Time to end reform paralysis

Despite some healthy scepticism, The National Reform Summit held last week fortunately didn’t lead to any ‘kumbaya’ moments. Instead, it usefully turned the spotlight on the need for government and all decision makers to stop the reform paralysis and focus much more on what they can do rather than what they can’t do.

It brought together representatives from business, unions and civil society groups who discussed the areas of productivity and workforce participation, taxation reform, fiscal reform and retirement incomes.

I spoke on the taxation panel, highlighting the need for an overhaul of Australia’s taxation system to ensure it positions our economy for growth, investment and jobs. In particular, we need to have an internationally competitive tax system for the 21st century to replace our 20th century tax system with its confusing layers of state and federal taxes.

While there were clearly varied opinions among those taking part in the summit, there was agreement that all options must be left on the table and that reform must be considered holistically, looking at both the tax and transfer system. We also agreed on the need for sound modelling to look at the consequences of any reform package.

In the final communique, we stressed to political parties that they should “approach tax reform based on our agreed principles in an open, inclusive and transparent way that does not rule out options for reasons of political expediency”.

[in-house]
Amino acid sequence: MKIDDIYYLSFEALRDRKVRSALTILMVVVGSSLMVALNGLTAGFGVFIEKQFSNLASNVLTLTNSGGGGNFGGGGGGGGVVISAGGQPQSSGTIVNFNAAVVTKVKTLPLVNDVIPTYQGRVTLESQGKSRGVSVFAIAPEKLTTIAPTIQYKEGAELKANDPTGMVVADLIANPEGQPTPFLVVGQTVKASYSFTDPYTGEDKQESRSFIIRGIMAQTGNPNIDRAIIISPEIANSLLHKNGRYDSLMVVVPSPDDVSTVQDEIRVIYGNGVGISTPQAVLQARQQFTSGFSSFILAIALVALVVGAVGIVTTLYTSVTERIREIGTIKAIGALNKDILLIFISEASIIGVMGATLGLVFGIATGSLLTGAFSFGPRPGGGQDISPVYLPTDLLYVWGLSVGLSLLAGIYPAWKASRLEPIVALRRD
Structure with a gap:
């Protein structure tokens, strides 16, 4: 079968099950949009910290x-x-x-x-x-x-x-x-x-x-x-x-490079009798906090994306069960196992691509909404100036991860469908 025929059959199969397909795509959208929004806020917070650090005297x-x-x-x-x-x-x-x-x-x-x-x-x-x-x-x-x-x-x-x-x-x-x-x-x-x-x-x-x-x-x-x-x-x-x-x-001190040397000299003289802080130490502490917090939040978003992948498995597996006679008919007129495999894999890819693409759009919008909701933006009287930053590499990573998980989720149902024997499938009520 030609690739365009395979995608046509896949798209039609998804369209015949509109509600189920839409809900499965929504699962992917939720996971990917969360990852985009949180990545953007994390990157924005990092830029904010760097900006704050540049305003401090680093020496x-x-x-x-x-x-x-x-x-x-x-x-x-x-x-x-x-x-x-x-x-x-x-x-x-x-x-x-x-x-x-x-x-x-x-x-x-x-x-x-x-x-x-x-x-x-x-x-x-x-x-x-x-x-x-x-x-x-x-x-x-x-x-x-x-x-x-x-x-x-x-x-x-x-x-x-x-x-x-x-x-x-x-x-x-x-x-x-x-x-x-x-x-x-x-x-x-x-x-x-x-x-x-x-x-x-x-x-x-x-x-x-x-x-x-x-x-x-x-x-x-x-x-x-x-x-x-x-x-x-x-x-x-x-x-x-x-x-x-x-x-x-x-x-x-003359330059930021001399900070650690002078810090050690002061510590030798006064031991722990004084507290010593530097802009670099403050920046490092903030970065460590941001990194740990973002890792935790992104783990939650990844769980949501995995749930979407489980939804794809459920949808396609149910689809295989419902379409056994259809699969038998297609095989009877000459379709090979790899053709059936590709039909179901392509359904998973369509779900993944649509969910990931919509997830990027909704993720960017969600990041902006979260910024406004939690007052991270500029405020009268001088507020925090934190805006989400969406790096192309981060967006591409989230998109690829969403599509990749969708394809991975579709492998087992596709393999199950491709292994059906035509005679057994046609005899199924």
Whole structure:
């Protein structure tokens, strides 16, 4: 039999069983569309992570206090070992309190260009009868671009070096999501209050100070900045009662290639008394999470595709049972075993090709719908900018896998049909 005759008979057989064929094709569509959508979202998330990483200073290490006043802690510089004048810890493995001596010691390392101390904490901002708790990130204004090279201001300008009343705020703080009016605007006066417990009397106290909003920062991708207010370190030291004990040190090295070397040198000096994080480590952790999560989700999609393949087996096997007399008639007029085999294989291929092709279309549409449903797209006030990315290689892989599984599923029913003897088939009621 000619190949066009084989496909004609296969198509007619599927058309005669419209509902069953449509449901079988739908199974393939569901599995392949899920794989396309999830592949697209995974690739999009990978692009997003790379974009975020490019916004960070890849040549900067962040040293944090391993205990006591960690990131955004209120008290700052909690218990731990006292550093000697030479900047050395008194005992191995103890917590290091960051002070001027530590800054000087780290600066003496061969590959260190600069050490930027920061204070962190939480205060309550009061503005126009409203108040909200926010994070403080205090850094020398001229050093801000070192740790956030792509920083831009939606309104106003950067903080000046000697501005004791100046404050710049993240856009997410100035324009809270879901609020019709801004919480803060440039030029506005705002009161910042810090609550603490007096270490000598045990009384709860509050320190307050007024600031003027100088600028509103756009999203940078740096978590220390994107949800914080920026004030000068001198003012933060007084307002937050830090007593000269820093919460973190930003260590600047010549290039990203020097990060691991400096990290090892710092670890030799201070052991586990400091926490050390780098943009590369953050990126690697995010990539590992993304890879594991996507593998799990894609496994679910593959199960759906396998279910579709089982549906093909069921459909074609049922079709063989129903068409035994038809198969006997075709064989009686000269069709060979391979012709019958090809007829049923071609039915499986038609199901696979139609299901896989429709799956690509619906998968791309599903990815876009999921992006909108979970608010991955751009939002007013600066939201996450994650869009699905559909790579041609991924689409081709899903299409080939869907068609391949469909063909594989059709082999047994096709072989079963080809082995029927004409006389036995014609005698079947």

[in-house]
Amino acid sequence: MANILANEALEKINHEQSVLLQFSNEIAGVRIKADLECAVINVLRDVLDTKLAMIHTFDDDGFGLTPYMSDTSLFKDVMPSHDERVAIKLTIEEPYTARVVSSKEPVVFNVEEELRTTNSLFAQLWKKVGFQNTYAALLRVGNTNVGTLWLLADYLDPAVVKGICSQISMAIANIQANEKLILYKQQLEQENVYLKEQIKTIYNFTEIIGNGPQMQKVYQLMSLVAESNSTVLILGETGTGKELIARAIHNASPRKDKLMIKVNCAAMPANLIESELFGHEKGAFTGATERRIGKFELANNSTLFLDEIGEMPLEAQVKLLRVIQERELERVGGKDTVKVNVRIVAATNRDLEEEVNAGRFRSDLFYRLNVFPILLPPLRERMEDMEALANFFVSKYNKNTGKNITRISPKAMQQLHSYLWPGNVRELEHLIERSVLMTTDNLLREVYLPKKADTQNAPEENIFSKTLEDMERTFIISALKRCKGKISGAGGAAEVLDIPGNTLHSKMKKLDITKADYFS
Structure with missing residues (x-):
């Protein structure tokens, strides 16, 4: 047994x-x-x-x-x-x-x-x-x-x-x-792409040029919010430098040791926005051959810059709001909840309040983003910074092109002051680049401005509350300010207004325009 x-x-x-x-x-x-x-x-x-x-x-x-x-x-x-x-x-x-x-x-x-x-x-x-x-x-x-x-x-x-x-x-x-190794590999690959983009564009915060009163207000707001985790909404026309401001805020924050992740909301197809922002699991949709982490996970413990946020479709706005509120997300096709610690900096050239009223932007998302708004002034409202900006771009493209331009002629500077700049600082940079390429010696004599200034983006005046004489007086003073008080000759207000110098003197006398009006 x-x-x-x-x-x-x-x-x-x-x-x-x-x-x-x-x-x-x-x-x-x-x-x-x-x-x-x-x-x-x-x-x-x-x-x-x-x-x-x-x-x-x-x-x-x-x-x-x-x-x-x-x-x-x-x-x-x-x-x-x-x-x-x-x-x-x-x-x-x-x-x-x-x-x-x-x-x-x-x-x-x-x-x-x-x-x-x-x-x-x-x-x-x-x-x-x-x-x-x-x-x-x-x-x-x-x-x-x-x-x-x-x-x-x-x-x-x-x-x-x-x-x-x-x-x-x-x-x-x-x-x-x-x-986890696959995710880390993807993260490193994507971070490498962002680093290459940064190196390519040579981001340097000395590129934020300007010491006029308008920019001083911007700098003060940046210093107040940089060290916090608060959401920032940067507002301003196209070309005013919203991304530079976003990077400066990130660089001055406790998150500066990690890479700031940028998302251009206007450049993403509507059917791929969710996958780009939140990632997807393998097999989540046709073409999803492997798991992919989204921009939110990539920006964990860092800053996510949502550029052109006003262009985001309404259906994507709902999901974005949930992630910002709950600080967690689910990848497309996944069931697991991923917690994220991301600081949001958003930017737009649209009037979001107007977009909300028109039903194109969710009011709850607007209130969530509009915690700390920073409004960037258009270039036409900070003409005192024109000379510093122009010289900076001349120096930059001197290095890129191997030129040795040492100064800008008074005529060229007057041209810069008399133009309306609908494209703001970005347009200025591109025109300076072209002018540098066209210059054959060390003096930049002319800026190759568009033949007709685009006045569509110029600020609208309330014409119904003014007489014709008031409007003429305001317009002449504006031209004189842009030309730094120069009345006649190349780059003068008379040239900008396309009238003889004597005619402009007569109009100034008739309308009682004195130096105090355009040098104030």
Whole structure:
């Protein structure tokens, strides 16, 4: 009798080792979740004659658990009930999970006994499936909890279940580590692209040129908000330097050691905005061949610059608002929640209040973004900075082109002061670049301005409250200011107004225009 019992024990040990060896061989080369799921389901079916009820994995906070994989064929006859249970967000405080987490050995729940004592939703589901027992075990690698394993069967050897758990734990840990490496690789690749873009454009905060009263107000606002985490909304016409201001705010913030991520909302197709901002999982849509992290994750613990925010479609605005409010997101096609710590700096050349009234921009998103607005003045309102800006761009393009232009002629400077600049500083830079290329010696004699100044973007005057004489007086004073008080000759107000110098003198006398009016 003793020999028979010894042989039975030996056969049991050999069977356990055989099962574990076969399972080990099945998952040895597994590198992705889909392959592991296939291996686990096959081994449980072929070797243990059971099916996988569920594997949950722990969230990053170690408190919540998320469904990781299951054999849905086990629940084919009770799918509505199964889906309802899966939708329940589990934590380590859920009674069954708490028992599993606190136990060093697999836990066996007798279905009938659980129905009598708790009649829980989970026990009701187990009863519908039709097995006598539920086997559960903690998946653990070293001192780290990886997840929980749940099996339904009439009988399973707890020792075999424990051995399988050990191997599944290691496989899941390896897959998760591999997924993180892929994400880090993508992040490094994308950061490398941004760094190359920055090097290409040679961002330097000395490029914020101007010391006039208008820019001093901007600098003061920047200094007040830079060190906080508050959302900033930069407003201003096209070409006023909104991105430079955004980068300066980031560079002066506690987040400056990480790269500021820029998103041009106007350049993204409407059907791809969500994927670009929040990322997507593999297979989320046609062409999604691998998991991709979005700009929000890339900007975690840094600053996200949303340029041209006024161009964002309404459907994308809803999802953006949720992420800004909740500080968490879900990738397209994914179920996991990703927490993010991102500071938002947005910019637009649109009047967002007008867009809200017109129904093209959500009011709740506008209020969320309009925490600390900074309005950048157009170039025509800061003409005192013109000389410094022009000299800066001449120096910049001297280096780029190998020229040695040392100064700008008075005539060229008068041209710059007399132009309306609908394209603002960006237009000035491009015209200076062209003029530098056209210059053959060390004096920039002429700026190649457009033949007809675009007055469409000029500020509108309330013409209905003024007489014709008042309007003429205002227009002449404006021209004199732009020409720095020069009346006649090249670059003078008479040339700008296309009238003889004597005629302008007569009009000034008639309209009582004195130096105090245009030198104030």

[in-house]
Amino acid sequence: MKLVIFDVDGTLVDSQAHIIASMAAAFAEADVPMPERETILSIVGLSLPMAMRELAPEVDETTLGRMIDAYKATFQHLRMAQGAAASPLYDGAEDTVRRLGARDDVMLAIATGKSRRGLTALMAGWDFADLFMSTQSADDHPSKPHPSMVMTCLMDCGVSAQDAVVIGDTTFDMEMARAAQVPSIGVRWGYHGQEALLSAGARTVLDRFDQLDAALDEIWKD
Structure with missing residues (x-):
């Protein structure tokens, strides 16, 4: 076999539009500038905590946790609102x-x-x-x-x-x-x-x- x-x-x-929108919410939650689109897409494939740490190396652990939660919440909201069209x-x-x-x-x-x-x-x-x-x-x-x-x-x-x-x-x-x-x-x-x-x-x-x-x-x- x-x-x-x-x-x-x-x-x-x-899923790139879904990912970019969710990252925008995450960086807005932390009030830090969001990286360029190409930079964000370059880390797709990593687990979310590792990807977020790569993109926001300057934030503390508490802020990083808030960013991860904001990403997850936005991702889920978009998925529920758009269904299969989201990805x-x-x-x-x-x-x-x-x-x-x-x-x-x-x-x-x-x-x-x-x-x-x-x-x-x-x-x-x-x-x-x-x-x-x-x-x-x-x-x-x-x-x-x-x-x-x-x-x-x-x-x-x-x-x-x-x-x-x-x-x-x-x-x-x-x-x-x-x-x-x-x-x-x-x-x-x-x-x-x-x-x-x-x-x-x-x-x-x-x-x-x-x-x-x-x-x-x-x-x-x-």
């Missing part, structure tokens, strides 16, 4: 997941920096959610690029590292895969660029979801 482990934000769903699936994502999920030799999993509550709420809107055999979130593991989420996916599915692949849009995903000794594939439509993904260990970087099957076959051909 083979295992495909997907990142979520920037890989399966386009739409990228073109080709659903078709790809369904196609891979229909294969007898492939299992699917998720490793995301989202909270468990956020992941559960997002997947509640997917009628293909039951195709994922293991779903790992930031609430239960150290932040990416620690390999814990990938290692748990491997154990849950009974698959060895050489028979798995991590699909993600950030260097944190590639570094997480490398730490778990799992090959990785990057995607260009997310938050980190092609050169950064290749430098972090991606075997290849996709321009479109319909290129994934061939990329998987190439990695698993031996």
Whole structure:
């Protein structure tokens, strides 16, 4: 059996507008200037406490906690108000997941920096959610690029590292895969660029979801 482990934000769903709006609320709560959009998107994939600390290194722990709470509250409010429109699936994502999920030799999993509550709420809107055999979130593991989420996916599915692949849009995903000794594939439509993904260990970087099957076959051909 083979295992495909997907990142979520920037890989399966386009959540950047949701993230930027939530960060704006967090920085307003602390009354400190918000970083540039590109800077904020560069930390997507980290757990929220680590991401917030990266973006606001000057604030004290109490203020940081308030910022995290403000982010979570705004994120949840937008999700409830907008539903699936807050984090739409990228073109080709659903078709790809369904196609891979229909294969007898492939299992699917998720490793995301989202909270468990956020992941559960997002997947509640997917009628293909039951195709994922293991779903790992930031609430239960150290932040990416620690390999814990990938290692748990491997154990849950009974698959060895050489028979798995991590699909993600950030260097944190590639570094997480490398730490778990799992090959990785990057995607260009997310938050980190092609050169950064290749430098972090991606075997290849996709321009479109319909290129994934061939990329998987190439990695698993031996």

Ai Group’s Director of Policy and Influence, Dr Peter Burn, spoke on the retirement incomes panel, which had a broad ranging discussion around the three pillars of retirement income: superannuation, the pension and private savings.

Read the full communique and the actions Ai Group has agreed upon.

Did you tune in to the National Reform Summit? What were the key messages for you, or what important issues do you think were neglected? Share your thoughts below.

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Ai Group Chief Executive since May 2012, Innes joined as Director International and Government Relations in 2008. Prior to this he held a number of senior roles in both the public and private sectors: Australian Consul General to Los Angeles (2006-08); Chief of Staff to Minister for Foreign Affairs, Alexander Downer (2004-06); and Manager for Global Public Affairs, Singapore Airlines (2000-04). He began his career as a journalist, with his positions including Chief Political Correspondent and Chief of Staff at The Age.

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